Mobilised Thinking – New Rules of Engagement for B2B Marketing or should I say B2P Marketing
With communications evolving markedly, the way we work now has changed irrevocably compared with even a few years ago, particularly with increased use of the mobile web. This has major implications in the way B2B organisations approach their communications – provoking a significant rethink on more traditional B2B comms channels. This is supported by two recent surveys, from Forbes and McKinsey & Co., that not only suggest social networks are now a key information source for execs, but also that ‘networked enterprises’ (web 2.0 fluent) enjoy a greater competitive share and higher margins. With more informal channels being used as key information sources by busy business people, there is a perception that a more human tone has emerged in B2B. As a result, many have started to refer to B2B as B2P – ‘Business to Person’ – reflecting the recent paradigm shift in the way the sector is being considered and how mobile and social comms have opened up more constant/personable communication between companies and their customers. As one industry pundit phrased it, “putting a relationship on the relationship”. These are the following areas that we feel are important for B2P marketing moving forward.
Keep the customer content
With the relative ubiquity of smartphones among business people and the ever-growing tablet market, it is no surprise that many are making more use of information they can access on the move. To this end, smart B2P companies will make sure key information is channel-neutral, so that customers can get what they need, when and where they need it. Typical information might include offers, business locations and also podcasts/video content. To this end, companies are also trying not to pull business people into cold, corporate environments, but increasingly using social media to give people what they want, when they want, where they want it.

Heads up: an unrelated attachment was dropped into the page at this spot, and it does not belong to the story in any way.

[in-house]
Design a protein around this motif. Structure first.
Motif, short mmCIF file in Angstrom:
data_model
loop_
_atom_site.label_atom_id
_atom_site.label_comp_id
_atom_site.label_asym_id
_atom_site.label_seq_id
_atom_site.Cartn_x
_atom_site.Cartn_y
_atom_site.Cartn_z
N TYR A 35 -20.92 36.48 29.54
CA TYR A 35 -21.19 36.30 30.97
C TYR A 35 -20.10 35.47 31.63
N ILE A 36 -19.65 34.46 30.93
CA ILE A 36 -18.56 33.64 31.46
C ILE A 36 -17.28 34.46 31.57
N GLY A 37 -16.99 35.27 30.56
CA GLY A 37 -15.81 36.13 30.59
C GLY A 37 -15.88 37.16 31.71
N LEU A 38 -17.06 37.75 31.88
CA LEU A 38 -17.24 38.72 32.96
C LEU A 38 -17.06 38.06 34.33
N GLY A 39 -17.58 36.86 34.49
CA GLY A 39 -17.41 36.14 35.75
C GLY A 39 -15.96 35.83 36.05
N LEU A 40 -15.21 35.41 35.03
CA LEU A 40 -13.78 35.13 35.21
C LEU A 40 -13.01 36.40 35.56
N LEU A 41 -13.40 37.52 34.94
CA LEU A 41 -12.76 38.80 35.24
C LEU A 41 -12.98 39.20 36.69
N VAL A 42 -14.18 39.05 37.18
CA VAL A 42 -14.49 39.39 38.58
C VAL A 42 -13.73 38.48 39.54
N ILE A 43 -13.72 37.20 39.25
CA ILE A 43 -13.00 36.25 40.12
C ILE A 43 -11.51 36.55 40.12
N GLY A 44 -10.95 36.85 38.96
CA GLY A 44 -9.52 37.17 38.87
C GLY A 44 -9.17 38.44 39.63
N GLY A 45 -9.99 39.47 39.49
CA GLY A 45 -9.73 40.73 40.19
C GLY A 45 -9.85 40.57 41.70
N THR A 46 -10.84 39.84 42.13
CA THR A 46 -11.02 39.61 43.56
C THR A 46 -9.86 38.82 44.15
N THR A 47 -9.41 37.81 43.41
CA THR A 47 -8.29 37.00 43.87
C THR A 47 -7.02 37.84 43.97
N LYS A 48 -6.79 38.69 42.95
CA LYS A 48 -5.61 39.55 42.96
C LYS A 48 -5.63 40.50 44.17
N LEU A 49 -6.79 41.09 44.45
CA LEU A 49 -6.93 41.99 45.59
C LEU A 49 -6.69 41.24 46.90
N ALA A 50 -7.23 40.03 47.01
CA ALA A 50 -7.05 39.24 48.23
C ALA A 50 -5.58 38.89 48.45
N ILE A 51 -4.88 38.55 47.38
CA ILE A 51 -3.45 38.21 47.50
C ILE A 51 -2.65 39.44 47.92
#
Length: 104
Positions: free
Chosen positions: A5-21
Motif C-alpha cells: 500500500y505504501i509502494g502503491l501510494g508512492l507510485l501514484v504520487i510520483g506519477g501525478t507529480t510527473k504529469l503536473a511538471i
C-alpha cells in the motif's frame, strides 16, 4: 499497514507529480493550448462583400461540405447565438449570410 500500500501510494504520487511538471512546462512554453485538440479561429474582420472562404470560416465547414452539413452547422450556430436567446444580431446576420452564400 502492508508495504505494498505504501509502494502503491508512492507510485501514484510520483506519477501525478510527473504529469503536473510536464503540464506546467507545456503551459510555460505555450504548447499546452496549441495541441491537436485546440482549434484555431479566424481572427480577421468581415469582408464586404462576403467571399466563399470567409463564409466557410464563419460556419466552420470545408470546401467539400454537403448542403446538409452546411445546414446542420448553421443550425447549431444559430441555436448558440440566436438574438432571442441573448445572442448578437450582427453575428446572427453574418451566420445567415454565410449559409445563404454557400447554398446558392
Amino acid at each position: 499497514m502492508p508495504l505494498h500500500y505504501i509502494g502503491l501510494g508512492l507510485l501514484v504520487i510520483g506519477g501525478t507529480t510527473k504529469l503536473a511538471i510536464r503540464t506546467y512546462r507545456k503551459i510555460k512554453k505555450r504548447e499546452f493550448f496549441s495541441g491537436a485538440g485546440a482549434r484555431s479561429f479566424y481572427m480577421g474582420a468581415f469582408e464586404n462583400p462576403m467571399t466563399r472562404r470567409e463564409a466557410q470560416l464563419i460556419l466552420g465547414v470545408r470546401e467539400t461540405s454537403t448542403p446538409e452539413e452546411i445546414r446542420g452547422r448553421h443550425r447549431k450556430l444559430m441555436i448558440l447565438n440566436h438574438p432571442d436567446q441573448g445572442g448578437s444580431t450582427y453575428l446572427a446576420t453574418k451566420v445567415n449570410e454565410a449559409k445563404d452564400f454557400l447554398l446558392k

Cutting through on the move
Recent media reports suggest a distinct decrease in email as the communications vehicle of choice. In 2008, business users were sending 140 a day, whereas now the figure is down to only 84 on average. Increasingly, email is seen as being for formal communication, while instant messaging on handsets such as Blackberry is gradually taking over. Also, group social media messaging will increasingly allow more efficient comms within select groups, versus the traditional all-staff email.
Open up data – open useful dashboards
With the increased fluidity of content that smartphones and tablets encourage, it is no surprise that many companies are looking for platforms that allow information and applications to be re-tasked across different channels (in tech-speak, ‘open APIs’ – Application Programming Interfaces). What we are likely to see developing in 2011 is an increasing use and perceived value in dashboards; business people becoming used to the convenience of infographics versus text-heavy data sources. Smart B2P firms will steal a march by not only sharing expert information, but doing it via formats that help people work smarter, not harder – to take out the information they need.